02 May 2011

China SignPost™ (洞察中国) #34: A Foreign Corrupt Practices Act with Chinese Characteristics: Step 1”

Gabe Collins and Andrew Erickson, “A Foreign Corrupt Practices Act with Chinese Characteristics: Step 1,” China SignPost™ (洞察中国), No. 34 (1 May 2011).

China SignPost 洞察中国–“Clear, high-impact China analysis.”©

–In late February 2011, the National People’s Congress ratified an amendment to China’s Criminal Law that makes it illegal for PRC nationals and companies to bribe foreign government officials or officials of non-governmental organizations.

–The amendment, which became effective on 1 May 2011, is the first step in a long and complex process, but nonetheless sets a welcome precedent by implicitly recognizing that bribery abroad is destructive to Chinese interests.

–The rapid penetration of smartphones and other forms of Internet connectivity in the developing world provide opportunities for common citizens to help enforce the laws by independently reporting graft involving Chinese business activities in their country.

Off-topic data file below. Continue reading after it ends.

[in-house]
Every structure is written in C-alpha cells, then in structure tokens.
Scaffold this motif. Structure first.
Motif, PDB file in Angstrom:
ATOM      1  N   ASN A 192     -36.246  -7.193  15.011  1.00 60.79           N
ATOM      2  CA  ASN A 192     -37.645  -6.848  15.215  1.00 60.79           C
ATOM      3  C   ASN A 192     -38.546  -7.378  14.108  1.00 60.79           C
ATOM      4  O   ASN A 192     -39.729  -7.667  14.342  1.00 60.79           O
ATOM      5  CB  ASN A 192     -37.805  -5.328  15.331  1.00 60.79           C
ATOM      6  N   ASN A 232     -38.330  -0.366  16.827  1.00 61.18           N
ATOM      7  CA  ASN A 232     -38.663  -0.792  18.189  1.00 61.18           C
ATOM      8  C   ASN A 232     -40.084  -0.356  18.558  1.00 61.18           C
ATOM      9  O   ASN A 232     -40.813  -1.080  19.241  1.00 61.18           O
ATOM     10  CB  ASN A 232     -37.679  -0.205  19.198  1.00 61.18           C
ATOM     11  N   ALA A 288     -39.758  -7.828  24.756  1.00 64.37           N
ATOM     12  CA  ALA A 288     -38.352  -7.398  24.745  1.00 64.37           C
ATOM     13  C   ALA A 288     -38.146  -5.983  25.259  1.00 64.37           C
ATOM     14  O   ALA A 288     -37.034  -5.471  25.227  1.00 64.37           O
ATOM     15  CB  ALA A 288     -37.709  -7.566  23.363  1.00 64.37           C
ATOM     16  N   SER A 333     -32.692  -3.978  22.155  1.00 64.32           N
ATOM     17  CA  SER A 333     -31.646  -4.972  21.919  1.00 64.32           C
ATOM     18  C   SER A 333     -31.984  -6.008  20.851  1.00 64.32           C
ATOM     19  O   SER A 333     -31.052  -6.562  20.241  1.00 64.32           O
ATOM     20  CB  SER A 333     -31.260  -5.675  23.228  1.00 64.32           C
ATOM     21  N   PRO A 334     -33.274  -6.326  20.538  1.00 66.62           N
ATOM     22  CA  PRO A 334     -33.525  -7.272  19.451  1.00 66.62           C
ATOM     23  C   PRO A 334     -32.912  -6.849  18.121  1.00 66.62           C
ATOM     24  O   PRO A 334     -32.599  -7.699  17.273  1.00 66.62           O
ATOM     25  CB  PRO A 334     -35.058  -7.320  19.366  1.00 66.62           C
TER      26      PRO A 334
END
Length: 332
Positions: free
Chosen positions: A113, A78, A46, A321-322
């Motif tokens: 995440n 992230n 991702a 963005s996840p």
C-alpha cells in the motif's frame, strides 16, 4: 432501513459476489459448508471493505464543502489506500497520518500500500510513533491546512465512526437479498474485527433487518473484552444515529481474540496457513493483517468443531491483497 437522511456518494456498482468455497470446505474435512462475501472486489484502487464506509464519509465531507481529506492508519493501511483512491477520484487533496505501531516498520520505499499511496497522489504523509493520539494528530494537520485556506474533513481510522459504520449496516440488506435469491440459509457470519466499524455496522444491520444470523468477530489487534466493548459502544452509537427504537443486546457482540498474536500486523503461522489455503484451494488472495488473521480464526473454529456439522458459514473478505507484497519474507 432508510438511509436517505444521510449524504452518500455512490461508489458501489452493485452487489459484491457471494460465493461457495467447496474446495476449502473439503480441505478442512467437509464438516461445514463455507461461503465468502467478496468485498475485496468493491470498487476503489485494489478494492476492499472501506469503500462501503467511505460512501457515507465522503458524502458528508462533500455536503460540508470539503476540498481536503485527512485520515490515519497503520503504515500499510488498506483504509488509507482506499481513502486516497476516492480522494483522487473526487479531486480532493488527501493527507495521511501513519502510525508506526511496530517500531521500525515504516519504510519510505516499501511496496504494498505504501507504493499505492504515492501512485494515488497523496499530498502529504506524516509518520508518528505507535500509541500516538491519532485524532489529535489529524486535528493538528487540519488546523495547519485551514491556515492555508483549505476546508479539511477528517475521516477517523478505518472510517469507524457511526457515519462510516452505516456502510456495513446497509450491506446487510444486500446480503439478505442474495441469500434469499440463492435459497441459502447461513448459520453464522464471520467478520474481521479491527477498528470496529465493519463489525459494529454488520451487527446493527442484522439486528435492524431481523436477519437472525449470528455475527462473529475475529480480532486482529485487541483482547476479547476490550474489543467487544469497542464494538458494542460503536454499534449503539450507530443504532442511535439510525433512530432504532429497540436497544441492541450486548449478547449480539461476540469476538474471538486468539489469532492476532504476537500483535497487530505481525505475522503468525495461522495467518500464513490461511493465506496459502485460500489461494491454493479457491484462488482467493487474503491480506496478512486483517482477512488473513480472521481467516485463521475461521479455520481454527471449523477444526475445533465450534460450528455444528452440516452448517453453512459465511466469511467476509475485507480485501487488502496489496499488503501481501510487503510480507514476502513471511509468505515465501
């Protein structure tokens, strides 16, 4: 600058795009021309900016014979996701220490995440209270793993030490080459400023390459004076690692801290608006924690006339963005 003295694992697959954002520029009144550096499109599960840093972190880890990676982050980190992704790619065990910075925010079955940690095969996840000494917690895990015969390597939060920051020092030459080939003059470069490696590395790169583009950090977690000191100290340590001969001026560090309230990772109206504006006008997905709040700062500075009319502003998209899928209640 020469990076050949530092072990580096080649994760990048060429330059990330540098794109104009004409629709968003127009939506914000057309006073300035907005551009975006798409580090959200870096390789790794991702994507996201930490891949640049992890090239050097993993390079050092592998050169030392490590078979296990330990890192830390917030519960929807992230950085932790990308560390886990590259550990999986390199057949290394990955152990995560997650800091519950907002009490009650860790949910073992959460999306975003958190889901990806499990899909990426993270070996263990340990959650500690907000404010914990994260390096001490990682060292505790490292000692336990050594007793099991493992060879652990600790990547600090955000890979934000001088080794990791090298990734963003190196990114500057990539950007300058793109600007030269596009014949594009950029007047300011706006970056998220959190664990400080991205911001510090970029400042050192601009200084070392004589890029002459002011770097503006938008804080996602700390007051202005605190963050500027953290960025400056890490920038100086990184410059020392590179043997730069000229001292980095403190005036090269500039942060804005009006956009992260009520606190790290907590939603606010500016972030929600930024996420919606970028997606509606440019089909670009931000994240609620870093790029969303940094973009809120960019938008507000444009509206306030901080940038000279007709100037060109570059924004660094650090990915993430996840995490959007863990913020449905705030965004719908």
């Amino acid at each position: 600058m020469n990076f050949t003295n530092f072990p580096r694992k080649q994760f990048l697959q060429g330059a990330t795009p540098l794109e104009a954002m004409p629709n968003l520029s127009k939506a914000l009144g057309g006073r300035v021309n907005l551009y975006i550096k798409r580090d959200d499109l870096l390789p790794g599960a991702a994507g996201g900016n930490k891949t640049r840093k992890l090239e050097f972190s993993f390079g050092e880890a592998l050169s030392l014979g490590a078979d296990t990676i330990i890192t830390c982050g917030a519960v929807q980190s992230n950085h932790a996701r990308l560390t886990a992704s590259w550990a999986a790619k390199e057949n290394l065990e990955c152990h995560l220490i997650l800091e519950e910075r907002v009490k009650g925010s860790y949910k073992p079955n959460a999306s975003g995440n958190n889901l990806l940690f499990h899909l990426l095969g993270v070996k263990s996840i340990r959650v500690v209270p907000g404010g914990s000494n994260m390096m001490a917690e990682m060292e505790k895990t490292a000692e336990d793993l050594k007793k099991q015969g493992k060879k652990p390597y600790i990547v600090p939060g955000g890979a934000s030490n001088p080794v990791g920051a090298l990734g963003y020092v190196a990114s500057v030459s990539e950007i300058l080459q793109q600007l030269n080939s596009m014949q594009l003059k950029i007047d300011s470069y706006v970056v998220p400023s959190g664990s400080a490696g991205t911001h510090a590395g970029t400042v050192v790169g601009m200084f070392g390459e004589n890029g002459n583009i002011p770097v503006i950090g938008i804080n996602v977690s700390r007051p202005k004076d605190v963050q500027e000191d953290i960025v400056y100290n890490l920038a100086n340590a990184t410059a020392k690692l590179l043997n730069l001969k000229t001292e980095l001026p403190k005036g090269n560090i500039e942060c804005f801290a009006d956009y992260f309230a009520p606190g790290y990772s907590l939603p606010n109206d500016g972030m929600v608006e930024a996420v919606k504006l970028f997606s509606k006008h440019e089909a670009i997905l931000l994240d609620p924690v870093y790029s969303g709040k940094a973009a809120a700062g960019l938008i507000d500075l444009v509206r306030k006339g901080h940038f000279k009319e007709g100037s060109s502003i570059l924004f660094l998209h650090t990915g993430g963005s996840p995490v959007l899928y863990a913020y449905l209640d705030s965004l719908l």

–The efforts of the Janaagraha Centre for Citizenship and Democracy and its new IPaidABribe.com bribe reporting website offer a shining example of how technology can be harnessed to improve transparency and fight graft.

–IPaidABribe.com, which went live in fall 2010, has so far garnered more than 436,000 hits and over 8,400 reports discussing bribes paid.

Thus far, China’s lack of anti-bribery mechanisms that apply to companies operating abroad like the U.S. Foreign Corrupt Practices Act (FCPA) has been a major competitive advantage for Chinese businessmen competing overseas against foreign firms, which must often adhere to strict laws at home forbidding graft in corporate activities abroad.  Yet a recent development suggests Beijing is increasing its commitment to reduce bribery by Chinese firms and individuals doing business overseas. …